What Ingredients Are in Cocaine?

Erythroxylum coca: Foliage
Sten Porse/Wikimedia Commons

The cocaine powder typically sold by drug dealers is usually a mixture of cocaine hydrochloride and filler ingredients that share the appearance of cocaine, some of which have psychoactive or numbing effects, and some of which are simply white powders.

Psychoactive Ingredients

Cocaine itself is the most potent known naturally occurring stimulant, containing a chemical substance called a benzoylmethylecgonine.

It is found in the leaves of the Erythroxylum coca plant, which grows in Peru, Bolivia, Colombia, and the island of Java in Indonesia. This stimulant is the main psychoactive ingredient in cocaine, which produces the cocaine high.

People chew coca leaves to produce a sense of elevated energy and well-being, and reduce appetite, but this practice doesn't seem to cause cocaine withdrawal or addiction. Powder and freebase cocaine and crack have been artificially concentrated to produce a more rapid onset of effects, making it more addictive. The cocaine leaves are made into cocaine paste—a white, gray, or dull-brown powder. This intermediate form of cocaine contains 40 percent to 80 percent cocaine sulfate and is used in South America and some parts of the United States, where it is known by the names pasta or bazooka.

Powder cocaine is further refined to produce cocaine hydrochloride crystal, the key ingredient in powder cocaine and crack cocaine.

Street cocaine is unlikely to contain cocaine as the only psychoactive ingredient; cheaper stimulants, particularly caffeine, were found in 76 percent of samples of seized cocaine in one study. Amphetamines, methylphenidate, ergotamine, and aminophylline are also typically mixed with cocaine. Cocaine users are often surprised to find these other stimulants being reported on drug tests, as they believed they had only taken cocaine.

A study of the purity of drugs purchased through illicit online sources showed that nearly 40 percent of cocaine contained levamisole, a medication not available in the United States, which is used to treat parasitic infections.

Anaesthetic Ingredients

Cocaine has a naturally numbing effect on the nose, throat, and gums, so local anesthetics are often mixed with cocaine to give experienced users the impression that the cocaine they have purchased is of a high quality. These local anesthetics include procaine (Novocain), lidocaine, tetracaine, and benzocaine. In a study of seized drugs, lidocaine was found in more than 66 percent of cocaine samples seized.

Although anesthetics themselves are pure and legally used for medical and dental purposes, they are not without risks. These drugs include clinical contraindications and they may have significant side effects. These side effects may be unsafe and distressing to experience while under the influence of cocaine, especially because of the cocaine effects of anxiety and paranoia.

Filler Ingredients

Various inert white powders are used as fillers, including talc, flour, cornstarch, and various sugars.

Poisonous Ingredients

Although it is relatively rare for poisonous ingredients to be mixed into cocaine, the dangers are severe, so you should seek medical help immediately if you or someone you know has taken cocaine and is experiencing adverse effects.

Cocaine containing poison is known as a death hit.

Strychnine is a toxic ingredient, sometimes mixed with cocaine, that is used in rat poison and can kill humans. Psychological symptoms of strychnine poisoning are similar to the negative effects people sometimes experience from cocaine, including anxiety, restlessness, agitation, and an increased startle response, and physical symptoms include muscle pain and spasms, a rigidity of the arms and legs, and arching of the neck and back. Jaw tension is also a symptom shared with stimulants such as meth and ecstasy, so they may be easily missed. Call 911 if these symptoms arise after you or someone you know has used cocaine.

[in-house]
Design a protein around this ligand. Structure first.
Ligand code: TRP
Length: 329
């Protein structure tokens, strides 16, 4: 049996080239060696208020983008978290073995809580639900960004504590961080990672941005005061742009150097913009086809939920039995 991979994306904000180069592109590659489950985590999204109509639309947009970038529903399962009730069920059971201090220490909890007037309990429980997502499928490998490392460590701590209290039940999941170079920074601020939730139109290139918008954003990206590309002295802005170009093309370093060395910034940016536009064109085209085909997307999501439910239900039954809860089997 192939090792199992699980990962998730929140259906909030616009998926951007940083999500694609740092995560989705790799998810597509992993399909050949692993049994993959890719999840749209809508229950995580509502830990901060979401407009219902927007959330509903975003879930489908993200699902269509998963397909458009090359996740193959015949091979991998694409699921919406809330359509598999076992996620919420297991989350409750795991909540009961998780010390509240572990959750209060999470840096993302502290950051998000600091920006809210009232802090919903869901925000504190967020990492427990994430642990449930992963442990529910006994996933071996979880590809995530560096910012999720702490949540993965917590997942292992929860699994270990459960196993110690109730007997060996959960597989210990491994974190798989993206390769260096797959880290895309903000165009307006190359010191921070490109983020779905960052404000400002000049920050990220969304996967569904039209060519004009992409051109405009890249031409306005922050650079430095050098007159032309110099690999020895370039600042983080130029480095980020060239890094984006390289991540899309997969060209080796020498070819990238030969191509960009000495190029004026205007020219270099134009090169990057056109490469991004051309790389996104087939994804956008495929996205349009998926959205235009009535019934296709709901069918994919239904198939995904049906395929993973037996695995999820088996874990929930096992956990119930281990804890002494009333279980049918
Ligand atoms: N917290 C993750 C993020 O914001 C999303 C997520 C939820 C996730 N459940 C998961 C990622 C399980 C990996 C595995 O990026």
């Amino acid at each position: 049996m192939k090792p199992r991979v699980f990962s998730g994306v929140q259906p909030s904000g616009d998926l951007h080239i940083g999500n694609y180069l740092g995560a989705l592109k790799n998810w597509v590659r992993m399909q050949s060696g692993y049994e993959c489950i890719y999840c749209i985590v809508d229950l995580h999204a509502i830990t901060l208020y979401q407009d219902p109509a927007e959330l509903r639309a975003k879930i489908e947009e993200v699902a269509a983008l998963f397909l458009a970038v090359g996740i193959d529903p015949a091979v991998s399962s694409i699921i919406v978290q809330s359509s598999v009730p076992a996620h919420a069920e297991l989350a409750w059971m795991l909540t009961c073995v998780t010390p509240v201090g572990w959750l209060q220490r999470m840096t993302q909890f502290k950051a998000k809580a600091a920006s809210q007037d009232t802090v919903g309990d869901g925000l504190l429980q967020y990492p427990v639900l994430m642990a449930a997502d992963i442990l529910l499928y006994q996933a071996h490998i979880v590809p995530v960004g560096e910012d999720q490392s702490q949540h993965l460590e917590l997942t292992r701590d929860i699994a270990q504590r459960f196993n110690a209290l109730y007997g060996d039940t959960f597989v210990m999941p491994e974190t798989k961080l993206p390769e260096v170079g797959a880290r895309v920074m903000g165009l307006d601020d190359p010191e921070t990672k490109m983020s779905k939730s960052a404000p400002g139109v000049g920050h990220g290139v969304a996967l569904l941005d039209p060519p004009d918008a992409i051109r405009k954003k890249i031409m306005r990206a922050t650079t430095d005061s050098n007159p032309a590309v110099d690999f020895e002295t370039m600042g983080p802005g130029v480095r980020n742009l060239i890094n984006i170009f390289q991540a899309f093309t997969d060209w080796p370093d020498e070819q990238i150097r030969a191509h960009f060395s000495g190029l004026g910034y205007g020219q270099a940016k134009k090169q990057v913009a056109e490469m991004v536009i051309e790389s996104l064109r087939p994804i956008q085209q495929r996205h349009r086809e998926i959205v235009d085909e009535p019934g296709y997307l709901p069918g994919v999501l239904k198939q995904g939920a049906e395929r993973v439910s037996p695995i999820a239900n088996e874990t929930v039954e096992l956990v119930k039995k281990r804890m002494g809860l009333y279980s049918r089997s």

Arsenic, too, sometimes gets cut into cocaine. Arsenic causes death if consumed in large amounts, and health problems including abnormal heart rhythm, damage to the blood vessels; reduced blood cell production; corns and warts on the hands, feet and torso; and cancer. Symptoms of arsenic exposure include vomiting, abdominal pain, diarrhea, and pins and needles in the hands and feet. 

Other Ingredients

Several other ingredients have been found in some cocaine samples:

  • Quinine is sometimes added to cocaine for its bitter flavor
  • Thiamin, also known as vitamin B1
  • Tyramine, a food substance that can induce migraines, which is dangerous for people taking monoamine oxidase inhibitors
  • Sodium carbonate, also known as washing soda
  • Magnesium silicate, also known as asbestos
  • Magnesium sulfate, also known as Epsom salts
  • Salicylamide, a non-prescription pain reliever
  • Fourteen elements were identified in a study of seized drugs, and a wide variation was observed in the concentrations of elemental calcium, magnesium, sodium, phosphorus, aluminum, iron, manganese, and zinc.

Freebase and crack cocaine, which are types of cocaine that have been further refined so that they can be smoked, are prepared using alkalis, such as ammonia or sodium bicarbonate (baking soda), or solvents, such as ether.

Sources:

Caudevilla F, Ventura M, Fornís I, et al. Results of an international drug testing service for cryptomarket users. International Journal of Drug Policy. 2016; 3538-41.  

CDC Case Definition: Arsenic (Inorganic). https://emergency.cdc.gov/agent/arsenic/casedef.asp

Magalhães EJ, Nascentes CC, Pereira LA, et al. Evaluation of the composition of street cocaine seized in two regions of Brazil. Science & Justice. 2013; 53(4), 425-432.2013. 

What Is Cocaine. National Institute on Drug Abuse. NIH. https://www.drugabuse.gov/publications/research-reports/cocaine/what-cocaine

 

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